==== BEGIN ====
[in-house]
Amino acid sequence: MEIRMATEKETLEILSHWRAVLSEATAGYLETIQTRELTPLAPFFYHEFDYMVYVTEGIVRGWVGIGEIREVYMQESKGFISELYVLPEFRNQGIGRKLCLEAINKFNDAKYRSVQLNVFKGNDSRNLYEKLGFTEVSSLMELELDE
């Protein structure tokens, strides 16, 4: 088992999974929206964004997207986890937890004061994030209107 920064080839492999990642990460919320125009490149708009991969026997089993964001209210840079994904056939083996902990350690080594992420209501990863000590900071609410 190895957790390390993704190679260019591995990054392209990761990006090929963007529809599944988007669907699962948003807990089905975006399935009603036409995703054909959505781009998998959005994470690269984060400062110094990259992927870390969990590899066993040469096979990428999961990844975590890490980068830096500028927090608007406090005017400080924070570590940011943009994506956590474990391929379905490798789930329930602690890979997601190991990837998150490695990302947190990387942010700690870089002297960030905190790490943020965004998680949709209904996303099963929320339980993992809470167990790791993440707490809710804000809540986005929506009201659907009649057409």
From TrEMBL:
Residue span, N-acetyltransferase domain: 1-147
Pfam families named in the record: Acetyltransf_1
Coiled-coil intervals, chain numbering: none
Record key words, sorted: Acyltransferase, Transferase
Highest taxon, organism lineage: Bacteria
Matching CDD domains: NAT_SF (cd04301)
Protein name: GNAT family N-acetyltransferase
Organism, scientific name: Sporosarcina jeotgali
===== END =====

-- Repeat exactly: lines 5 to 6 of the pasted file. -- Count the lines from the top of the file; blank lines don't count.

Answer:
Residue span, N-acetyltransferase domain: 1-147
Pfam families named in the record: Acetyltransf_1